What Do You Need to Check When Your Baby Gets Constipated?


In the previous article, we introduced one home remedy when your baby gets constipated. However, before he/she gets constipated, what should you be aware of?

What do you need to check your baby regarding constipation?

Lactation Period

Check to see if your baby is getting enough milk.

It is difficult to know how much your baby has drunk when you are breastfeeding or mixing breast milk and formula. When the amount of breastfeeding is low, constipation can easily occur due to a lack of water and nutrition.

To avoid this situation, weigh your baby before and after each feeding, or measure the amount of milk in the bottle before feeding. If there is no increase in your baby’s weight, or if your baby is unhappy for an extremely long time at each feeding, it is likely that you are not feeding enough.

Change the brand of formula

The composition of formula varies slightly depending on the product and depending on the compatibility with the baby, constipation or soft stools may occur. If you are using powdered milk, you can try changing it to a different brand.

Weaning Period

When you start weaning, the amount of breast milk or formula feeding decreases, which reduces the water content of stools and makes constipation more likely to occur. You may think, “Should I stop weaning? However, since weaning is an exercise in taking in and digesting nutrients from food, it is best to continue with the weaning process by introducing foods that are less likely to cause constipation.

What kind of food should I give to them?

[Early Stage of Weaning]

During this period, when there are many easily digestible foods such as rice porridge with a lot of water and mashed vegetables, the amount of stool tends to be smaller because there is less debris to form a stool. In addition, the amount of breastfeeding decreases, so it is important to keep hydrating with meals.

Rehydrate after meals.

Rehydrate after meals with breast milk, formula, barley tea, or cold water. Apple or citrus juice diluted about three times is also recommended.

Include soup on the menu.

Increase the number of soups, such as vegetable soup and the top of miso soup.

[Mid to late stage of weaning]

As weaning progresses, there is a tendency for babies to show a clear preference for foods they like and dislike, such as wanting to eat only udon or white rice. Also, during this period, babies are very curious and tend to spend more time “playing” with food, kneading it, throwing it on the floor, or moving around while eating. The baby’s appetite and interest in the food itself vary from person to person, and there is basically nothing to worry about if the baby’s weight and health are good.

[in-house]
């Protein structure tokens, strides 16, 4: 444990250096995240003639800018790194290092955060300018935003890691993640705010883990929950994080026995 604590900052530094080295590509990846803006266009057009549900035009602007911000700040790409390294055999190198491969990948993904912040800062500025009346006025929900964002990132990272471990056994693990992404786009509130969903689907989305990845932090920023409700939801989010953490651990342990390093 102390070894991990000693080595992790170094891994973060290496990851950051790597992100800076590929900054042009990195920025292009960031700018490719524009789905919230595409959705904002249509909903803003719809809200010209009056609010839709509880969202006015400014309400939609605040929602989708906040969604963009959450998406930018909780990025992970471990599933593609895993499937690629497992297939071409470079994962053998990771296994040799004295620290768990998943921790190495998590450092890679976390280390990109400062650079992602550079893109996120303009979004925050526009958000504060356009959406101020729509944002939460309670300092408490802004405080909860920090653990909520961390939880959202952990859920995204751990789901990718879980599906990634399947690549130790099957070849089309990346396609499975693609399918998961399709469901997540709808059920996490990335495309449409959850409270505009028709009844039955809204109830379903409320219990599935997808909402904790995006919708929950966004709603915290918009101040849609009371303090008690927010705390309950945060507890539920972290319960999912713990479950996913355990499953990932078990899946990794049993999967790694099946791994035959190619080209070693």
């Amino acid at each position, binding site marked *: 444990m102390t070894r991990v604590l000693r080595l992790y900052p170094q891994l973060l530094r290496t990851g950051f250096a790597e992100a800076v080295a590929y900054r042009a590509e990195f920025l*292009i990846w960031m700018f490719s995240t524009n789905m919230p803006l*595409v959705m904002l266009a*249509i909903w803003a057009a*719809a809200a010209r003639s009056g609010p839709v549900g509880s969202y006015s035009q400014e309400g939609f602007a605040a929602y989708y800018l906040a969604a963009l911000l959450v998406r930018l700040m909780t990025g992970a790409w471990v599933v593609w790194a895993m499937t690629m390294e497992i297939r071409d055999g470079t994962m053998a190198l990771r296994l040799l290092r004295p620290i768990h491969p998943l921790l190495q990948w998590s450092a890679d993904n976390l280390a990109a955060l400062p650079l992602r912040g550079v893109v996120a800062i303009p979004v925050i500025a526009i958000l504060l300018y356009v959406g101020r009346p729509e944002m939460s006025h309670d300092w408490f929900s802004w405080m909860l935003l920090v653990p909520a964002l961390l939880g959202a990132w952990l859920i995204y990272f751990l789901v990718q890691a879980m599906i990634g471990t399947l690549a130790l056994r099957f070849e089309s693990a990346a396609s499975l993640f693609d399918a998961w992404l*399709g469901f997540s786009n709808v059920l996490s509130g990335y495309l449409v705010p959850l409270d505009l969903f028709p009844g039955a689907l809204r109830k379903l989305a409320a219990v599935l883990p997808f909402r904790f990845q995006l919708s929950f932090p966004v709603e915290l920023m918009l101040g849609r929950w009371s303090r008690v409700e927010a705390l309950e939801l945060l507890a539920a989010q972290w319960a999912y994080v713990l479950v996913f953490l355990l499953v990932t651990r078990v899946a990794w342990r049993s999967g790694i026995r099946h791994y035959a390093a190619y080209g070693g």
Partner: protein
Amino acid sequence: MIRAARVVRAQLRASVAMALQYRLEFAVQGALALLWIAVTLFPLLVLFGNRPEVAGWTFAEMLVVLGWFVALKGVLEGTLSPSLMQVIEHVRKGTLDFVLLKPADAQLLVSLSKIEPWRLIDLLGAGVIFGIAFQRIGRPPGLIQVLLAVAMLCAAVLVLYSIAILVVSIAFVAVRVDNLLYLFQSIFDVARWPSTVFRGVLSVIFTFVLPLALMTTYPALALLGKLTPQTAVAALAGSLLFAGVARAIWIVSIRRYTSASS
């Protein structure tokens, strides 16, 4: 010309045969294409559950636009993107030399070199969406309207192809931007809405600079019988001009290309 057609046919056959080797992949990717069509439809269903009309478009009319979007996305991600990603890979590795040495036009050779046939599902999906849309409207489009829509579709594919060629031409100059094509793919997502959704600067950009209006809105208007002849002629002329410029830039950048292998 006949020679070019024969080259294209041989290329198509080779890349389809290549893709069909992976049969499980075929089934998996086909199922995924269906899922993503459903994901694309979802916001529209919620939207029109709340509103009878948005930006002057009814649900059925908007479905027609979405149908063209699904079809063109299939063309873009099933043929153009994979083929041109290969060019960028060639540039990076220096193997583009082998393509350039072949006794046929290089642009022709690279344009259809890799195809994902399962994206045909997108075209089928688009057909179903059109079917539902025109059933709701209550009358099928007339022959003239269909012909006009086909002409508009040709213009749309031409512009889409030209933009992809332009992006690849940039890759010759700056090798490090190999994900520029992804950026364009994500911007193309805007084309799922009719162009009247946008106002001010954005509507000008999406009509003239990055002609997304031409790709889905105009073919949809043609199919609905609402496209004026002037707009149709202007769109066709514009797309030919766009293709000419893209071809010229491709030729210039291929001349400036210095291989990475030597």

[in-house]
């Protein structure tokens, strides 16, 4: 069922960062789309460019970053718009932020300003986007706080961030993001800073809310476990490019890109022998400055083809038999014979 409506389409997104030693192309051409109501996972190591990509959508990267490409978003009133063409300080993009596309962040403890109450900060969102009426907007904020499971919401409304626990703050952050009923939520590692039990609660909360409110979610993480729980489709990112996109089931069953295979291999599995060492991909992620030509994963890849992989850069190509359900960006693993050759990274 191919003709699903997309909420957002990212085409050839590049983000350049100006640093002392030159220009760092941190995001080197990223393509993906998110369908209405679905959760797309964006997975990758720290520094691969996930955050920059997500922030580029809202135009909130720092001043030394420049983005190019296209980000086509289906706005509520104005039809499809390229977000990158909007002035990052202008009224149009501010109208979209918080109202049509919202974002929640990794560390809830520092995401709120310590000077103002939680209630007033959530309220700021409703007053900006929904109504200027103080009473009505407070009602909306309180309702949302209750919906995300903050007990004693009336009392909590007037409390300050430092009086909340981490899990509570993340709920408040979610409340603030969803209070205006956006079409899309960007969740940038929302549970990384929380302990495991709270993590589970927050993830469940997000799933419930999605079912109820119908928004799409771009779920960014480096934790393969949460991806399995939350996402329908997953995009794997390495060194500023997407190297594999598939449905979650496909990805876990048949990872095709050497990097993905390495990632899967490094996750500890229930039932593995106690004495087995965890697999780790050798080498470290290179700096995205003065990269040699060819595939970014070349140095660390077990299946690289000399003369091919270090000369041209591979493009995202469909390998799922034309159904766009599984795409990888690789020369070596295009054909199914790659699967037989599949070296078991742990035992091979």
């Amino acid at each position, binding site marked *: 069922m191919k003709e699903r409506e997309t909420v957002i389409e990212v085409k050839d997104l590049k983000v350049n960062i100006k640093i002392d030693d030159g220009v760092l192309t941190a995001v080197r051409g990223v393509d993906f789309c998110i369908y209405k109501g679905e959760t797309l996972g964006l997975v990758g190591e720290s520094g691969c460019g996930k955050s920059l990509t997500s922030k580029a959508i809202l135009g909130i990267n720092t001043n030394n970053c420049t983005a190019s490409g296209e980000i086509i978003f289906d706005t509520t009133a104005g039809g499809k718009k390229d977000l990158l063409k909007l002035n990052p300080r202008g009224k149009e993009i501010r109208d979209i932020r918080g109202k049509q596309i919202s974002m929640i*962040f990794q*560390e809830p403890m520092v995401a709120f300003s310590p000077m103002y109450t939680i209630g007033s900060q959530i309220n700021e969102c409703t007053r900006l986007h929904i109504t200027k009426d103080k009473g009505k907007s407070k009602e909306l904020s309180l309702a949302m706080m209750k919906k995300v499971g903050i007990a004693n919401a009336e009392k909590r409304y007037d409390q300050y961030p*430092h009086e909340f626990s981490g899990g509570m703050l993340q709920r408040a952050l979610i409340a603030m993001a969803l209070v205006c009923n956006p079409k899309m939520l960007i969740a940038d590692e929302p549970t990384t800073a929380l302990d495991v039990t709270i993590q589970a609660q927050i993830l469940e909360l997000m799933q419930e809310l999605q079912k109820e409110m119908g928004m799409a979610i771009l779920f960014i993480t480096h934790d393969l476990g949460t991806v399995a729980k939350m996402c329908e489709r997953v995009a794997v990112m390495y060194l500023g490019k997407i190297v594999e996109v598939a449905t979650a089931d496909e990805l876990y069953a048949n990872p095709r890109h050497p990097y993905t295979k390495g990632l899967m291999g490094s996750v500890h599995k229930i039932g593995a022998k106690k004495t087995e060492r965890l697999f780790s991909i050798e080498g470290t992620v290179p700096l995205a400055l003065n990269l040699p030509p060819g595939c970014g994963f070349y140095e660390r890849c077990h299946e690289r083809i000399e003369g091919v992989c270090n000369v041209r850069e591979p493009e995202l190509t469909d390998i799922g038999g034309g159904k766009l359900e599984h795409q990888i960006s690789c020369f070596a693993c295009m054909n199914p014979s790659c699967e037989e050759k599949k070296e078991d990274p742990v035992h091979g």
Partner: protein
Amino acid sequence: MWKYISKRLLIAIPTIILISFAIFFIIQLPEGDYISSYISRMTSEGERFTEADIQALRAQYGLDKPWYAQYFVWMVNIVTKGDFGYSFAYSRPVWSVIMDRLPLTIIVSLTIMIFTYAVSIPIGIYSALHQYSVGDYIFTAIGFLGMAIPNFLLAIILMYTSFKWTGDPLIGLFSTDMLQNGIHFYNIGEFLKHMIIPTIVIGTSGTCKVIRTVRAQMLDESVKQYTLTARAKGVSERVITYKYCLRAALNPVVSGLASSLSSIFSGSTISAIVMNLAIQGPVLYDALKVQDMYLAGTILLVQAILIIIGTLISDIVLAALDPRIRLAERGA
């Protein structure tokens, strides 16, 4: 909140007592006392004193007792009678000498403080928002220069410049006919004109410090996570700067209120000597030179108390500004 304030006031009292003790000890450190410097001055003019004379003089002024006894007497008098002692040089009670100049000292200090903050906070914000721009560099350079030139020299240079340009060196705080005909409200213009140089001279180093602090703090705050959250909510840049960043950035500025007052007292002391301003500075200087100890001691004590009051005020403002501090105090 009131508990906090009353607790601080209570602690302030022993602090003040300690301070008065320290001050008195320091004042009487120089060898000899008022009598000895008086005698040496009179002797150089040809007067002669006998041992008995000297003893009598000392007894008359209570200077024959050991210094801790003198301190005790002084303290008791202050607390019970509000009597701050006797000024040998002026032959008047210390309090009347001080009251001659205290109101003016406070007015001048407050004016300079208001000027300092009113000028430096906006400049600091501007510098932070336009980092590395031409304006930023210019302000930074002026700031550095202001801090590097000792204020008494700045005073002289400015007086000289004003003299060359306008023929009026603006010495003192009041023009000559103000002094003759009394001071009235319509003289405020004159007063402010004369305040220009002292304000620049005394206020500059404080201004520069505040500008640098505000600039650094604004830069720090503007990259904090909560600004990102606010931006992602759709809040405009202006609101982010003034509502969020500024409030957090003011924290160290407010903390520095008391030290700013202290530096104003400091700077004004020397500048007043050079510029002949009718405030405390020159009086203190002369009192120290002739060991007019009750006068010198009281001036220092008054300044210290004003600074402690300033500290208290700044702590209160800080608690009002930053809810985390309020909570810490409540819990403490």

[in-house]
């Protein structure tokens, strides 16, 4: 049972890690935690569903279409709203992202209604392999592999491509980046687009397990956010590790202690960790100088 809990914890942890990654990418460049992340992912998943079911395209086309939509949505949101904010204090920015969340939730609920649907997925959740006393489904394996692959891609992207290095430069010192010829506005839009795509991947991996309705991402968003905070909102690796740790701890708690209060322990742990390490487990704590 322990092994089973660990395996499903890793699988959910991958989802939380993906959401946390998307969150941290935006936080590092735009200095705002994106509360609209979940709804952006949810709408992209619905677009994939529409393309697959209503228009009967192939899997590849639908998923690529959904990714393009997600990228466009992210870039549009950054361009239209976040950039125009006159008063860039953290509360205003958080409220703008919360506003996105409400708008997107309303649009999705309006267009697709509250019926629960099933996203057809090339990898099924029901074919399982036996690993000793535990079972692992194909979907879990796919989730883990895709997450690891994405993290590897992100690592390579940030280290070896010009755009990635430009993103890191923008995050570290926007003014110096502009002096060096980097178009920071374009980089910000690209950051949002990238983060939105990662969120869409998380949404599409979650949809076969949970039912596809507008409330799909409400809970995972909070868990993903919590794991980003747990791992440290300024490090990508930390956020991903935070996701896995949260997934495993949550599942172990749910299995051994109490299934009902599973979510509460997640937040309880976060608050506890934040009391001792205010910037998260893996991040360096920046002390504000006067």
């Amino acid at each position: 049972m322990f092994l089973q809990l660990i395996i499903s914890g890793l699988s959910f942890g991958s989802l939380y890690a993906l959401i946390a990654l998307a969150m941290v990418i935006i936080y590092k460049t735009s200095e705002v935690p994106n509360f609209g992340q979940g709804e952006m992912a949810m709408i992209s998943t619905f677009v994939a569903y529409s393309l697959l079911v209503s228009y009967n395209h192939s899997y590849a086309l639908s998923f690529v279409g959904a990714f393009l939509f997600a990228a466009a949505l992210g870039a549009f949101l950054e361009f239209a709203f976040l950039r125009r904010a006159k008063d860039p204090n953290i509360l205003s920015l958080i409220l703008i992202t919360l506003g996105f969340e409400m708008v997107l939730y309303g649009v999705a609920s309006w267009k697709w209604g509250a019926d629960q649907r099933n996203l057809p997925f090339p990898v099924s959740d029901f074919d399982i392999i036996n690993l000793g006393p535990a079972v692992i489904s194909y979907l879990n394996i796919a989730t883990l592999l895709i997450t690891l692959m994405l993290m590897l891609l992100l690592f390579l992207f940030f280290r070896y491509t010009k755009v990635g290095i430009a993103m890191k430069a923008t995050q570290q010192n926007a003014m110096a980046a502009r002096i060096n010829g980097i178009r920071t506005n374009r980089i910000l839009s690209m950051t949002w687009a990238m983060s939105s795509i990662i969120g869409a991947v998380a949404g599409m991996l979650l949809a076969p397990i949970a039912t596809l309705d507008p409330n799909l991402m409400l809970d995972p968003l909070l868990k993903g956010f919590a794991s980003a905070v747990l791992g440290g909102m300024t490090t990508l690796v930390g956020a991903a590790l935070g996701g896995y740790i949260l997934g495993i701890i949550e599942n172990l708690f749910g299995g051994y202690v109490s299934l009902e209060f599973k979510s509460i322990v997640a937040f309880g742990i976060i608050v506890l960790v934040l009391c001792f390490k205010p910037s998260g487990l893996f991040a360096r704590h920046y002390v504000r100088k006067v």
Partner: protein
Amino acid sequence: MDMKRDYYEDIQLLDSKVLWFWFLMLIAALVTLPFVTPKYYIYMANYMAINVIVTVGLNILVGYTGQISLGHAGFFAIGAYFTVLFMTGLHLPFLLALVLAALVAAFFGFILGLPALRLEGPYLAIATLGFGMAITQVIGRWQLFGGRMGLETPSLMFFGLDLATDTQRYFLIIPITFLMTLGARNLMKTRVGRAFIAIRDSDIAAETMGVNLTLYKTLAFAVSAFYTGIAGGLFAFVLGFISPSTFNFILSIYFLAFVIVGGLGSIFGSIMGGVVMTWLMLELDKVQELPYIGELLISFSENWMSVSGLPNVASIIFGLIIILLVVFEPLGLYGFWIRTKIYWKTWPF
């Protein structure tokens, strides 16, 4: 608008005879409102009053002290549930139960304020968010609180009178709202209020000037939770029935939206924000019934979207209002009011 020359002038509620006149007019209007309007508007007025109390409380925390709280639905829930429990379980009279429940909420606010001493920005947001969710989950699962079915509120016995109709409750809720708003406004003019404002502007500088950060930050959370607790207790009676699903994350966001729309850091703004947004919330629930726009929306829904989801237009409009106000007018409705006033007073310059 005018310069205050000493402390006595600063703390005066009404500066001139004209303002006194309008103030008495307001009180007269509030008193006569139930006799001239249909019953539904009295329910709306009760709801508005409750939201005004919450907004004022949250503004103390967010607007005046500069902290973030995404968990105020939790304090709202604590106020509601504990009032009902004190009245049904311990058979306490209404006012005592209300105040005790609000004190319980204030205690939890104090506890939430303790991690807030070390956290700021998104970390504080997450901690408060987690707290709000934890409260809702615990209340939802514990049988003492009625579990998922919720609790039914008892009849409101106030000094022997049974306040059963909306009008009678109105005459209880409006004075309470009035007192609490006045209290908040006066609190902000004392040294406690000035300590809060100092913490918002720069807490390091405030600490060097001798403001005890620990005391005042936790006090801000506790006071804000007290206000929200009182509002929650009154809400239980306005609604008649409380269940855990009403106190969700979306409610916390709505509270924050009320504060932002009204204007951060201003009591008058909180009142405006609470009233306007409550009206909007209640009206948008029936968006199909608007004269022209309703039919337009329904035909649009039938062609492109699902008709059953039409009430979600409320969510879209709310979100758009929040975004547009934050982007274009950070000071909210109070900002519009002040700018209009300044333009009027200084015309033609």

If you are concerned about constipation, try the following tips.

Include foods high in fiber.

Fruits such as apples and bananas, potatoes such as sweet potatoes and potatoes, green vegetables, and mushrooms should be included in their diet. Mushrooms can be easily swallowed by babies who have not yet developed teeth if they are finely chopped and covered with starch.

Take fermented foods.

Fermented foods such as natto (fermented soybeans) and non-alcoholic amazake (sweet sake) are easy to digest and absorb, and help regulate the intestinal environment. Yogurt is also recommended if they are not allergic to dairy products.

Make sure they are eating enough.

If your baby is eating too little food, the amount of stool will decrease, so it is important to review the weaning process, including the consistency and type of food, and the time of day.

When should you see a doctor if your baby is constipated?

If your baby has not had a bowel movement for a few days and is in a good mood and has a good appetite, there is no need to rush him/her to the hospital. However, in some rare cases, it may be caused by a disease.

  • No defecation, and has fever, and vomiting.
  • Frequent bleeding during defecation
  • Bloody stools.
  • Constipation for more than a week
  • Gas in the abdomen and discomfort
  • Difficulty in defecating even after squeezing and crying in pain

As you can see, it is not the number of days without defecation, but the baby’s discomfort and pain during defecation, as well as symptoms other than constipation, that determine whether or not to see a doctor.


Babies cannot verbally express their distress during defecation, so it is important for those around them to be aware of their discomfort. It is important to keep track of the frequency and condition of bowel movements. If your baby is constipated and seems to be having a hard time, you can give him or her a gentle cotton swab enema or massage, and practice home care while monitoring his or her condition.

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